One of the ways currently being researched to get spaceships moving is by using nuclear thermal propulsion (NTP). Such a design calls for the heat produced by a nuclear reaction (read fission) to be used to generate thrust. This is done by means of working fluid (most often, liquid hydrogen) getting heated to a high temperature, expanded, and expelled through a nozzle.

NASA has been looking at this way of doing things for the past six decades or so. It does so because NTPs promise to at least double the efficiency of chemical rockets currently in use, opening the doors to crewed missions to Mars and perhaps even beyond.

In February 2021, the space agency really got things moving by launching a request for proposals for an NTP design and outlined some of the main characteristics it needs from such a rocket. And a key element is high temperature required for the concept to work.

More precisely, NASA needs such a rocket and its components to be able to withstand temperatures above 4,600 degrees Fahrenheit (2,538 Celsius). That’s not something impossible to achieve, but it raises limitations when it comes to the engine’s efficiency.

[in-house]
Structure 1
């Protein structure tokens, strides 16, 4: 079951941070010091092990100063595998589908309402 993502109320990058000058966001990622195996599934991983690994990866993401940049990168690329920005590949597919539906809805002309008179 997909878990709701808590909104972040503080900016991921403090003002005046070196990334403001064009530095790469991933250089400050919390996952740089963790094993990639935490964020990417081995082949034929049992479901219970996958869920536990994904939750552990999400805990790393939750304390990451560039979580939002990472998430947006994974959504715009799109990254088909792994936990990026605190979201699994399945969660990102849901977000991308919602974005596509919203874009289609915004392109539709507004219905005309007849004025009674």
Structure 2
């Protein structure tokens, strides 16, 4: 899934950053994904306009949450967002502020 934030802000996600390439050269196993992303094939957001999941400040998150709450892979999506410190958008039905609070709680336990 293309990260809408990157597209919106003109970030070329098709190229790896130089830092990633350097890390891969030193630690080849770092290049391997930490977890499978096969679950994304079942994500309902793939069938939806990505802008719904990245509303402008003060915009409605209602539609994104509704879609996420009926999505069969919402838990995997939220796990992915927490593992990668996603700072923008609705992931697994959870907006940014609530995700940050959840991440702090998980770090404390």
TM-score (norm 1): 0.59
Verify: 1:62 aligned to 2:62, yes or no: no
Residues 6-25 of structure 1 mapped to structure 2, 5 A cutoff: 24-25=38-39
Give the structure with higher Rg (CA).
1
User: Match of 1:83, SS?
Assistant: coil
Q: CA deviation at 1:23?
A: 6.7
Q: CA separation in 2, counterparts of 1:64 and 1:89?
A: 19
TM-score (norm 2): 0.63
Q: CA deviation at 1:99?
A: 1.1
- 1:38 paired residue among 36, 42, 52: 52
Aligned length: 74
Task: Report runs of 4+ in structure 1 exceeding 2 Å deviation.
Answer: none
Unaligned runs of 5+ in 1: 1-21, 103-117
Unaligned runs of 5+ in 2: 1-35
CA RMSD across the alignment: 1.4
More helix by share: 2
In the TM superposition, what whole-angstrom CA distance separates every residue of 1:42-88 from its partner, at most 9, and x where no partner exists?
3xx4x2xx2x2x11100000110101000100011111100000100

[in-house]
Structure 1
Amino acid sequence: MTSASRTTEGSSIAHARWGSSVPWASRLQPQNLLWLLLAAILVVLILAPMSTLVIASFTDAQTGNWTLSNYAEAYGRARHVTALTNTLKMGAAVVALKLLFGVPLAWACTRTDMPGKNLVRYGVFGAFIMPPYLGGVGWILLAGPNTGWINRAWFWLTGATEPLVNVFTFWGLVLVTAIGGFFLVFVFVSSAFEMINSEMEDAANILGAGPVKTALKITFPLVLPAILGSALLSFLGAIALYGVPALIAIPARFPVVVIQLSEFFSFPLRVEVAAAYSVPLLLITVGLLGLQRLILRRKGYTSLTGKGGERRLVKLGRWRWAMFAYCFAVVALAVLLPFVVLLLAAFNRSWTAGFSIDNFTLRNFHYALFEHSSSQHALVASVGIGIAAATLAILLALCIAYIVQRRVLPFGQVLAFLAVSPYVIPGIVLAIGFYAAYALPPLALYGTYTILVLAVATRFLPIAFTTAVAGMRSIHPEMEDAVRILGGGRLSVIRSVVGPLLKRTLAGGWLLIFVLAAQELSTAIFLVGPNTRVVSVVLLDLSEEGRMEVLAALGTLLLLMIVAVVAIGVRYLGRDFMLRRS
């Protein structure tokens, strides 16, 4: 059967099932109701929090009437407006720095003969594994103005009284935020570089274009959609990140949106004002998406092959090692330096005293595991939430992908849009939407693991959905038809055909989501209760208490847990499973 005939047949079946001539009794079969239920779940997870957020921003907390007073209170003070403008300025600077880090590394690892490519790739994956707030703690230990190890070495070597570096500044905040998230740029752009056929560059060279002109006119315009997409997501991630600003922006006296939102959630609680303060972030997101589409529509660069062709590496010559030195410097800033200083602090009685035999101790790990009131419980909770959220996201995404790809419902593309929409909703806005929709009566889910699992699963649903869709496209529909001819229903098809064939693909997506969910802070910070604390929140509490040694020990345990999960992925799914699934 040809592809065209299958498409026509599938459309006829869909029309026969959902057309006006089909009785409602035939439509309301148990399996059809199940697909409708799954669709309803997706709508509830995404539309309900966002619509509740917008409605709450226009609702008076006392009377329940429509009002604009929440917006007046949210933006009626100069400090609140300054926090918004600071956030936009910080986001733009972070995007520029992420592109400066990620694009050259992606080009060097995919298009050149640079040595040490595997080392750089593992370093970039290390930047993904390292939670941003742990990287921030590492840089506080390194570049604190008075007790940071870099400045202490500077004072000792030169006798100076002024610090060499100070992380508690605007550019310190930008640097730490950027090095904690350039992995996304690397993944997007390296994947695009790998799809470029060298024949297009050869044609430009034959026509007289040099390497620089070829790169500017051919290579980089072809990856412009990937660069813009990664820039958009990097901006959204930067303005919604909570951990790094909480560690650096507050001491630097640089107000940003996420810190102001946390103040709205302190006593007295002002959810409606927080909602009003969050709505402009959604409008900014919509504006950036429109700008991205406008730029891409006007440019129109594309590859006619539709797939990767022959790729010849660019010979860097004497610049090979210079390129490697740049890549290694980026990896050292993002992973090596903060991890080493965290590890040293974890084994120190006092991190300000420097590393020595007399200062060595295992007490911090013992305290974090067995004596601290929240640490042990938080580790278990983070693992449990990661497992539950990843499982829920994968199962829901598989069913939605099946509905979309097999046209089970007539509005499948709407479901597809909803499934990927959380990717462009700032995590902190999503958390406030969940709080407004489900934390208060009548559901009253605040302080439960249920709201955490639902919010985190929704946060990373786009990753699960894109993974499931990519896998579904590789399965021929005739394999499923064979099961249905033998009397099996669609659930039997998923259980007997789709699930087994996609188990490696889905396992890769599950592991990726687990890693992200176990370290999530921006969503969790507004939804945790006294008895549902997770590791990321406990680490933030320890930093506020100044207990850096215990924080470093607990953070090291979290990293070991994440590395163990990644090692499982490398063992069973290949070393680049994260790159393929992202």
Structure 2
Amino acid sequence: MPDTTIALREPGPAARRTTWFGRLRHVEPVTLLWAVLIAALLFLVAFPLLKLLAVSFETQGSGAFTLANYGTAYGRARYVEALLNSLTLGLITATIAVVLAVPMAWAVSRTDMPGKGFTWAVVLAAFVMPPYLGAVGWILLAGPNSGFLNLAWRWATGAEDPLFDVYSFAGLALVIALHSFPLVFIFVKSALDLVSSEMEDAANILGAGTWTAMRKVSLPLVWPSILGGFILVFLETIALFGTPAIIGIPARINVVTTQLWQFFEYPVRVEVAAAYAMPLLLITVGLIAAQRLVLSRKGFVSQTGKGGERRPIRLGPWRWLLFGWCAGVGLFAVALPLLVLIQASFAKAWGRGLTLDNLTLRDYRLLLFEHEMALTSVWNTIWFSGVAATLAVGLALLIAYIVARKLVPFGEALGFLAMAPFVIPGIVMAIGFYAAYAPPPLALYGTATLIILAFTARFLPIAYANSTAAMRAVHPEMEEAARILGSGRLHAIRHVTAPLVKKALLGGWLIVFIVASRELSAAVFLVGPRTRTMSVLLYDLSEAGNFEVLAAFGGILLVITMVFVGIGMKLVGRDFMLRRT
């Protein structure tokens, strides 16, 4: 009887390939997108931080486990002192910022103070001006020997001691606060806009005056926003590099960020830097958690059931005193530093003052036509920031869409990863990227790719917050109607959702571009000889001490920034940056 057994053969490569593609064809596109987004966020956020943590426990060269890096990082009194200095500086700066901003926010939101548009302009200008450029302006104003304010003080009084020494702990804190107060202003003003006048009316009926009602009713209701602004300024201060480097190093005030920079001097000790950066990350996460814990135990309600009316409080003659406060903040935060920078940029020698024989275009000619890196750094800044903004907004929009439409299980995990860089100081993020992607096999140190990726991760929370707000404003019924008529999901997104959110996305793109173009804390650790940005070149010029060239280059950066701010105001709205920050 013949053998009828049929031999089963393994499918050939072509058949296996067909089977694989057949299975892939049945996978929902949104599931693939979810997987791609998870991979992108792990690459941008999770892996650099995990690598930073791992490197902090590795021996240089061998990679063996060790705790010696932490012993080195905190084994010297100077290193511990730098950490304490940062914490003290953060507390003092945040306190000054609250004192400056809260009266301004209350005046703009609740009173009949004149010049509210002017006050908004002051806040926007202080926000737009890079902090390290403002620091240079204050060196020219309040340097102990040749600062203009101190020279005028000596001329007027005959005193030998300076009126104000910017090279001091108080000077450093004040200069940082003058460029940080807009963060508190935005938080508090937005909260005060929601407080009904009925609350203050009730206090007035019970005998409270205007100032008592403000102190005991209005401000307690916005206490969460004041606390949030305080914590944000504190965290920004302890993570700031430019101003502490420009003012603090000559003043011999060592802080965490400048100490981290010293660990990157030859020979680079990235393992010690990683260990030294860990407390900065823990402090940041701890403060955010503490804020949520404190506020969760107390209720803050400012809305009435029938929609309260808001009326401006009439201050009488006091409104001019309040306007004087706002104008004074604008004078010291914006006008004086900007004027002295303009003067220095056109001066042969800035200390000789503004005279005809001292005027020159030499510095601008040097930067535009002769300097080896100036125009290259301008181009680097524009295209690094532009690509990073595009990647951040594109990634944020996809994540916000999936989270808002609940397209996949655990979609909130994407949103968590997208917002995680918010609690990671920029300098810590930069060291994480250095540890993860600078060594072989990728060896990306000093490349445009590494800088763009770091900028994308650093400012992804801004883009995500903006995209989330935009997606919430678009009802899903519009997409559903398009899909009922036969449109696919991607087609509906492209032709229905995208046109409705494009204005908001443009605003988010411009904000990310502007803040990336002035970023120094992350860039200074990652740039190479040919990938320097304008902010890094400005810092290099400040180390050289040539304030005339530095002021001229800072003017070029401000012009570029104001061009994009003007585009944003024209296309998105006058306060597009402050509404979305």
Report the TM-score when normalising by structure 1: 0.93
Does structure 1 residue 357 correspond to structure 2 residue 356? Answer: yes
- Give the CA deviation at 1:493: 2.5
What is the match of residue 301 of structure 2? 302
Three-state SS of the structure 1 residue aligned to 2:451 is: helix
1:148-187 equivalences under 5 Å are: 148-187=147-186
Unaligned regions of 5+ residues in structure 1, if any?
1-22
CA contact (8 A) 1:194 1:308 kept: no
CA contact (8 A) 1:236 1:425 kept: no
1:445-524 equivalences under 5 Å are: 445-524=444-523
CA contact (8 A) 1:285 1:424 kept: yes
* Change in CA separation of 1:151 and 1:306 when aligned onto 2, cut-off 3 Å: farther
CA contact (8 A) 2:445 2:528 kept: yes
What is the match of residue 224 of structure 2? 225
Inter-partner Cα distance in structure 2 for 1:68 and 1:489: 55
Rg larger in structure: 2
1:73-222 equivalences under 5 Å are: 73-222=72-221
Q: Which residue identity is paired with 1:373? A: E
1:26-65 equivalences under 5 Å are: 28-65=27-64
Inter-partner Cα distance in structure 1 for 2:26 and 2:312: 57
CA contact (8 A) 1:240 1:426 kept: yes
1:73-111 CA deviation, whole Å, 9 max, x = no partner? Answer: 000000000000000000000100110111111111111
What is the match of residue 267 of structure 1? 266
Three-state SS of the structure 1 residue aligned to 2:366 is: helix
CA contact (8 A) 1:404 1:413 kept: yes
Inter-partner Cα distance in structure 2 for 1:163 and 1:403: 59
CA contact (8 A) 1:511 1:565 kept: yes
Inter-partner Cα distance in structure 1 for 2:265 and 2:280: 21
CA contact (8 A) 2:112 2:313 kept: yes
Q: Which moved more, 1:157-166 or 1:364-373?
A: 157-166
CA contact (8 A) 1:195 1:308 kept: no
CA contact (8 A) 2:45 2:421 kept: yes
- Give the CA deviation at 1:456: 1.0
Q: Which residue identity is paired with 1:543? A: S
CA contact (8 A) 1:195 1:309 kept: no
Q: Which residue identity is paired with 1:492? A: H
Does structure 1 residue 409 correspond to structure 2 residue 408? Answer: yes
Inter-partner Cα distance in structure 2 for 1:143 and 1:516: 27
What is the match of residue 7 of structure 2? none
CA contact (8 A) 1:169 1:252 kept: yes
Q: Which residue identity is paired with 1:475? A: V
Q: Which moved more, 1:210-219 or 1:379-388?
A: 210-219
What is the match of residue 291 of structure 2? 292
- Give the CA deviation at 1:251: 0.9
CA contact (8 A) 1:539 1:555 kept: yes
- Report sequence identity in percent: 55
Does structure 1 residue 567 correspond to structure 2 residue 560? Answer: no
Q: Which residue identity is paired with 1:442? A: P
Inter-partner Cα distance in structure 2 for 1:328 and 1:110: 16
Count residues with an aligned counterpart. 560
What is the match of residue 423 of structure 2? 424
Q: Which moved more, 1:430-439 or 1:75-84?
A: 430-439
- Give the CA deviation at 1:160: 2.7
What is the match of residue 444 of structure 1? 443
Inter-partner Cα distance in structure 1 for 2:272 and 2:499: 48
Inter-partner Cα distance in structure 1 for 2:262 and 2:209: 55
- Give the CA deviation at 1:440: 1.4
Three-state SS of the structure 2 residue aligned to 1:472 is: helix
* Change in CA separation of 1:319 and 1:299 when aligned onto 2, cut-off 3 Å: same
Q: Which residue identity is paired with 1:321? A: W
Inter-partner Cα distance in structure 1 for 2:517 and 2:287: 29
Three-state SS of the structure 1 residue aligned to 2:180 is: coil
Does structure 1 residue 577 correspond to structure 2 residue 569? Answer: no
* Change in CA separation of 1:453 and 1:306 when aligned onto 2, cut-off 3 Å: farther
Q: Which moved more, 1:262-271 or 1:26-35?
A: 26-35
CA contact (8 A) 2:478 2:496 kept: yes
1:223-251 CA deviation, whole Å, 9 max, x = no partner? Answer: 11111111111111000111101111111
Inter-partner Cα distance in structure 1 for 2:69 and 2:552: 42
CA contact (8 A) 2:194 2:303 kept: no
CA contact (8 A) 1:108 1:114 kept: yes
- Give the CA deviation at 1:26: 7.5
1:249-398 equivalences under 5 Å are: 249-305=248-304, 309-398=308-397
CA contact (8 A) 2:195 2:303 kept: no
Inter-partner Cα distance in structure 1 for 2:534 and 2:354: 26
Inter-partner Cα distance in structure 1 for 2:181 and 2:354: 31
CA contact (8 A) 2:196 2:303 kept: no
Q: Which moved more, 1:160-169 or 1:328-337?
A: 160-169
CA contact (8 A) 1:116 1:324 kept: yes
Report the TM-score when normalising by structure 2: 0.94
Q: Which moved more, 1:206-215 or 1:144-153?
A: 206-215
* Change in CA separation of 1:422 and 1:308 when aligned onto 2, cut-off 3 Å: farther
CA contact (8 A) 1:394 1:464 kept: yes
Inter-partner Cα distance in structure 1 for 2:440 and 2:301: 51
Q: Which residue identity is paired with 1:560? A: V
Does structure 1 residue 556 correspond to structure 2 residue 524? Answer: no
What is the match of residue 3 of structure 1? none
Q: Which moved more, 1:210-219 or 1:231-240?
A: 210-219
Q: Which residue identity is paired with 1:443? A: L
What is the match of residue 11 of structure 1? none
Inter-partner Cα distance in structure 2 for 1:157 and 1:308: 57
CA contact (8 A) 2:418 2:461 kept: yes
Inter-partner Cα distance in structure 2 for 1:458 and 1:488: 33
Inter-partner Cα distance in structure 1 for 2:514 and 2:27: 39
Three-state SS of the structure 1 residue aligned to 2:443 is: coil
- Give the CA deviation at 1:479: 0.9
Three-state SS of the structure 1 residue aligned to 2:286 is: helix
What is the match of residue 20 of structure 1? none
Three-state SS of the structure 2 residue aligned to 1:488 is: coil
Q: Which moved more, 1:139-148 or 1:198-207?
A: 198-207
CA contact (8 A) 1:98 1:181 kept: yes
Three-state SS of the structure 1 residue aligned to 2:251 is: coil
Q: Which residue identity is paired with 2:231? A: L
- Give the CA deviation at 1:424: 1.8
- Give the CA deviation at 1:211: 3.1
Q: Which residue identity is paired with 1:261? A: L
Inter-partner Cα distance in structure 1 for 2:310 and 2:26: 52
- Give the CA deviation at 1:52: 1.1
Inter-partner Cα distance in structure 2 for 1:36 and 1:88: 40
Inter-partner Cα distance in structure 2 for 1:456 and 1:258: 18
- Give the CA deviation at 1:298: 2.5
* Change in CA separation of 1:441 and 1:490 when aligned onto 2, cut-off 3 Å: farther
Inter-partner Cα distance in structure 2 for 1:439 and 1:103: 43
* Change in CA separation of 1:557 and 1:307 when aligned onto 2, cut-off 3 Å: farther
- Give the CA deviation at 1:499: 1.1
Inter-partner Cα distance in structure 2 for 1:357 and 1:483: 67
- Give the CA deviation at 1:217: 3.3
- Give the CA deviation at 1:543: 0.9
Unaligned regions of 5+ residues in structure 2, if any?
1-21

Nuclear Thermal Propulsion
Photo: U.S. Department of Energy
A typical NTP now being researched comes with a specific impulse of between 900 and 7,000 seconds. The specific impulse is the thrust resulting from a specific amount of fuel, and here it is significantly higher than the 450 seconds of a standard chemical rocket.

During this year’s NIAC program, someone proposed a type of nuclear thermal propulsion capable of reaching a specific impulse of 4,000 seconds. We discussed the idea back in January, and it may appear huge by today’s standards, but it’s nothing compared to what the aerogel core FFRE promises.

Today's idea belongs to a researcher from Positron Dynamics, a company that describes itself as the builder of a rocket 1,000 times faster than anything we now have at our disposal. That would be an antimatter machine that will be a topic of later coverage here on autoevolution.

For today, we focus on the FFRE imagined by Ryan Weed, who also happens to be the company’s CEO. His FFRE promises, at least on paper, a specific impulse of over 100,000 seconds, coming from a package much smaller than other similar ideas.